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  1. #11
    ChenPengFi's Avatar
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    Hell yeah! Hell no!
    Plyometrics, jump rope and something like this:
    http://www.trainforstrength.com/workout1.shtml
    are a nice way to start to get back into MAs.

  2. #12

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    Quote Originally Posted by ChenPengFi View Post
    Plyometrics, jump rope and something like this:
    http://www.trainforstrength.com/workout1.shtml
    are a nice way to start to get back into MAs.
    Yes, when I read his post, plyometirics came to Mind. Jump rope is excellent - all boxers do it.

    For general fitness, cos it's not clear how fit/unfit he is, I would suggest a local Circuit Class. It's Structured, Variable in Intensity, Instructor-led, can build Group Morale so avoiding a competitive scenario which could only be off-putting for the beginner/unfit. 'Cos a bit of support always helps.

    Anyway, good luck. Be Kind to yourself. It takes time to get a reasonable to good level of fitness and it's not an Upward Curve so expect small peaks, troughs and plateaux (but you'll still be moving forward even when you think you're not). MA is the same.

    Cheers:biggrin:

  3. #13
    ChenPengFi's Avatar
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    Yep, i should add that plyometrics can be demanding in a DOMS way.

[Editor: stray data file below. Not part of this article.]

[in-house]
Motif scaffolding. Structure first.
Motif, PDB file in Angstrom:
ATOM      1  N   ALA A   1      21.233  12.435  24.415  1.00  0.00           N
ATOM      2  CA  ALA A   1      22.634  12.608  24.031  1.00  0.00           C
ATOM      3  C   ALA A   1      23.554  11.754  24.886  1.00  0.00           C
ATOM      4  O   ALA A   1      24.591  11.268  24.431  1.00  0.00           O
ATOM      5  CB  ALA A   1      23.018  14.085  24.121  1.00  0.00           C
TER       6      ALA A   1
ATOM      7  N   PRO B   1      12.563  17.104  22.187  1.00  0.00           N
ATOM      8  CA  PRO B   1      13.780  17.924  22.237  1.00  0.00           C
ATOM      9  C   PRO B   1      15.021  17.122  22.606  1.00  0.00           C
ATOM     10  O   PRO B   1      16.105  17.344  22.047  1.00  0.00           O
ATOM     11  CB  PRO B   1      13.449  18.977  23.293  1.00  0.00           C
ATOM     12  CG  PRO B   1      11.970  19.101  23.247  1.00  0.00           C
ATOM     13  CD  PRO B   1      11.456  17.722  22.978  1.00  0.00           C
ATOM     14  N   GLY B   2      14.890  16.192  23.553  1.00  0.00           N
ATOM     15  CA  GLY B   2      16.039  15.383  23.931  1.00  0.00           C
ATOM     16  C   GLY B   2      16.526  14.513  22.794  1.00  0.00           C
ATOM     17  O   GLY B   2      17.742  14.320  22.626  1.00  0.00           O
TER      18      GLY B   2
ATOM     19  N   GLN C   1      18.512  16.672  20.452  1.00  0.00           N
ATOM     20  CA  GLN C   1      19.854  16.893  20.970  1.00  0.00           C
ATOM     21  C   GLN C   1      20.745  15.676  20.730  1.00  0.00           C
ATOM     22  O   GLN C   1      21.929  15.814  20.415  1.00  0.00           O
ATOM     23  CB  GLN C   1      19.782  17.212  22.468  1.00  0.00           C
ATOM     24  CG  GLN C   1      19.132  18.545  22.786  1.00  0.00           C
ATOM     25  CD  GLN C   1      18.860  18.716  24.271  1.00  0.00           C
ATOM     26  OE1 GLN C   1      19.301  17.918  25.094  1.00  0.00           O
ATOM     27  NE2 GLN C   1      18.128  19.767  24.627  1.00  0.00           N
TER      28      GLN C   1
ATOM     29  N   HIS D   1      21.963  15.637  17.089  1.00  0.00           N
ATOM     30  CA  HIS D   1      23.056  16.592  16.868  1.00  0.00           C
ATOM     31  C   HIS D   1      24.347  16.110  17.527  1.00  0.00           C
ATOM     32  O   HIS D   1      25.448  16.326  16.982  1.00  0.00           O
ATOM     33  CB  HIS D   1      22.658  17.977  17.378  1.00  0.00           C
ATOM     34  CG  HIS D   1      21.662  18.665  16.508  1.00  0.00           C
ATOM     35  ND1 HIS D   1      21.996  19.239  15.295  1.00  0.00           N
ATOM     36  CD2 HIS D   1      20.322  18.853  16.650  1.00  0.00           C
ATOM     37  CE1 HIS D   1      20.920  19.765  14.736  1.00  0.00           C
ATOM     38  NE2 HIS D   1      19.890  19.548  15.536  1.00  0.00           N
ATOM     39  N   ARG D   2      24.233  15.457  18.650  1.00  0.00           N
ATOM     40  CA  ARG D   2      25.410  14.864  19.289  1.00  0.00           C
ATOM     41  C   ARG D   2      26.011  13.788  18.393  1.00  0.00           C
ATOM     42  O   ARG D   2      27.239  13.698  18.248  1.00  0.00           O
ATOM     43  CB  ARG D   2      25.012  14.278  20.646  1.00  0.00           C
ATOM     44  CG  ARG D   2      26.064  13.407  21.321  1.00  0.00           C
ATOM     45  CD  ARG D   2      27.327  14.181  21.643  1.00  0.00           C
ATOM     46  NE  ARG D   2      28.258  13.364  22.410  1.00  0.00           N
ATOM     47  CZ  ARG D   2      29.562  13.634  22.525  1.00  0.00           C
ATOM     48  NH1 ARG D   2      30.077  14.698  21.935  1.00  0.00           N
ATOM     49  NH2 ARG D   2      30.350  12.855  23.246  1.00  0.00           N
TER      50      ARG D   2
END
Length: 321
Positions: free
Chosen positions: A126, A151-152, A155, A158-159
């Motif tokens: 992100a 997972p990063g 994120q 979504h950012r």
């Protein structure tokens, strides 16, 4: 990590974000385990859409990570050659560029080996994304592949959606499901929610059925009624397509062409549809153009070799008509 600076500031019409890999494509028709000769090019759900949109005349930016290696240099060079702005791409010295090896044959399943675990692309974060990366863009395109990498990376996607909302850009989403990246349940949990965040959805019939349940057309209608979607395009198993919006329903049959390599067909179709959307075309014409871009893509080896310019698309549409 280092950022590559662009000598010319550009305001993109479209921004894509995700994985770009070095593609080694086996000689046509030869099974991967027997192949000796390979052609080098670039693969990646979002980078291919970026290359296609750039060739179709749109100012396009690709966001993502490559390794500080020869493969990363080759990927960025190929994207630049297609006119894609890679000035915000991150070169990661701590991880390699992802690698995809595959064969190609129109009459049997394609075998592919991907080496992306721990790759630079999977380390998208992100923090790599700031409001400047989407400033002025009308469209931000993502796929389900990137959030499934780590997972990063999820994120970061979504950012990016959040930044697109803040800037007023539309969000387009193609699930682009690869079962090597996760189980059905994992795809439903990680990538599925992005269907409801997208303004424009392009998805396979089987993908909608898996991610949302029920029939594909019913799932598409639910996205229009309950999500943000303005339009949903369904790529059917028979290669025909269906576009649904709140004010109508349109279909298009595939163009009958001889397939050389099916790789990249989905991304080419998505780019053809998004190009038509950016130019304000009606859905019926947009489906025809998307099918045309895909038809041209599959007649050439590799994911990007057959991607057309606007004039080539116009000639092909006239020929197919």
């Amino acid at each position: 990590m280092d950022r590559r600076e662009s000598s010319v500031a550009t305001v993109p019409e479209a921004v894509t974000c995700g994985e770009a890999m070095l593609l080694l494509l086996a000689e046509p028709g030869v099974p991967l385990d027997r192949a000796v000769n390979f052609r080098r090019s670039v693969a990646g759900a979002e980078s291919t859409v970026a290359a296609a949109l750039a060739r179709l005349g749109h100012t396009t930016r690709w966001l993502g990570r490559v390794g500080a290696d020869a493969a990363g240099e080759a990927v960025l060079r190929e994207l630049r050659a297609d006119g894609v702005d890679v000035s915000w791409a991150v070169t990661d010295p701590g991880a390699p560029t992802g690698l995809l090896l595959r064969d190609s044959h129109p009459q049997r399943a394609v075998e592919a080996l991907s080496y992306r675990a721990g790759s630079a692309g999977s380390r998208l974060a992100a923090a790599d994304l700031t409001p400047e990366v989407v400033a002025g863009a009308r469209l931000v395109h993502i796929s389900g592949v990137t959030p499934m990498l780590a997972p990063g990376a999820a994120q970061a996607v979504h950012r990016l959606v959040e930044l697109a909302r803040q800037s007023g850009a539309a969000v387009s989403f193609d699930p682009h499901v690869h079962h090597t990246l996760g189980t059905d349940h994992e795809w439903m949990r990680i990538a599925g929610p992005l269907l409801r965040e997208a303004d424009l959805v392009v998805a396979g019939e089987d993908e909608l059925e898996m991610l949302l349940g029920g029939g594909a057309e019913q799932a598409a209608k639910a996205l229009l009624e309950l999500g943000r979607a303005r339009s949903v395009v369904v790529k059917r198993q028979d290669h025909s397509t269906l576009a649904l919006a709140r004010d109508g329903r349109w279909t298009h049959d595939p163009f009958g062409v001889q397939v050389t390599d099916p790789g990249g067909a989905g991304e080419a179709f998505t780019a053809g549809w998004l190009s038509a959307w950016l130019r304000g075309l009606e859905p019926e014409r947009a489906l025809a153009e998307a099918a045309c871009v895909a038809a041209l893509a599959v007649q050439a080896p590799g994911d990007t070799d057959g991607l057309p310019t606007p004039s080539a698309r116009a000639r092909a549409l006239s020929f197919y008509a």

Take it easy at first and give yourself ample recovery time.

  4. #14

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    Hell yeah! Hell no!
    Another question or two if you don't mind.

    What about heart rate? In all my years before the illness, I never felt the need to monitor it while doing any activities. Do you think I need to be concerned about it now?

    My resting heart rate pre-illness was in the 50s, now it's in the 70s. I'd like things to get close to my pre illness norm.

  5. #15
    Emevas's Avatar
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    Quote Originally Posted by ChenPengFi View Post
    Yep, i should add that plyometrics can be demanding in a DOMS way.
    Take it easy at first and give yourself ample recovery time.
    I can't imagine plyos having a major DOMS impact. You're looking at 2-3 reps with 3-5 minutes of rest time, using a light weight and simply focusing on maximal speed.

    I also don't think they're a great technique for endurance. They're ideal for speed/power development, but the low reps, low weight, and long rest time means they're not going to be very taxing on one's endurance.

    I think jumping rope would be a better exercise choice, as there is a degree of jumping, but it can be sustained for a long period of time to promote endurance.
    "Emevas,
    You're a scrapper, I like that."-Ronin69

  6. #16
    ChenPengFi's Avatar
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    Quote Originally Posted by Emevas View Post
    I can't imagine plyos having a major DOMS impact. You're looking at 2-3 reps with 3-5 minutes of rest time, using a light weight and simply focusing on maximal speed.

    I also don't think they're a great technique for endurance. They're ideal for speed/power development, but the low reps, low weight, and long rest time means they're not going to be very taxing on one's endurance.